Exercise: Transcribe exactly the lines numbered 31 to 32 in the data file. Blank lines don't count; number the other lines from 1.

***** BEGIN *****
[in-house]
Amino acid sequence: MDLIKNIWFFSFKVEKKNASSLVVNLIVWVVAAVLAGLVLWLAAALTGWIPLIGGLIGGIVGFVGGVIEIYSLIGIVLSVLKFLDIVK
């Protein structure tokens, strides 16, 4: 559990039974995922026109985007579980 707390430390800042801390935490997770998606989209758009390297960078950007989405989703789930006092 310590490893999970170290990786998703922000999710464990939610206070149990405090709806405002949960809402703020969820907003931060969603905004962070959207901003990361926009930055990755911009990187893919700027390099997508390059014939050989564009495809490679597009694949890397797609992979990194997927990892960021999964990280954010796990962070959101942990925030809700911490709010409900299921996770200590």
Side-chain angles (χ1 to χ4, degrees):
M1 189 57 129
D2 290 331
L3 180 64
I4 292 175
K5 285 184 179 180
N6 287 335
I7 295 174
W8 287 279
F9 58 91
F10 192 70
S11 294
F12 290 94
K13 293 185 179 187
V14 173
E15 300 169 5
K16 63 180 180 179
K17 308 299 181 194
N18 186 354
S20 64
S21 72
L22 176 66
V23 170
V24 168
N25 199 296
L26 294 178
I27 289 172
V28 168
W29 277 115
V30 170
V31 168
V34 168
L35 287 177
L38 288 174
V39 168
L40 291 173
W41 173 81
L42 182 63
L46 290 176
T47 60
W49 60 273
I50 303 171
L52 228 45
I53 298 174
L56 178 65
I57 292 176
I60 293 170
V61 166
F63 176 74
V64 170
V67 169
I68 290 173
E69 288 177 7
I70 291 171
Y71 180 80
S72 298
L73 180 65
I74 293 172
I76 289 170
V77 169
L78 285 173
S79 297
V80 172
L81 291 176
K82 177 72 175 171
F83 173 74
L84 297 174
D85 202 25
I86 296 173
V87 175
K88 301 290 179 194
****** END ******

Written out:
V28 168
W29 277 115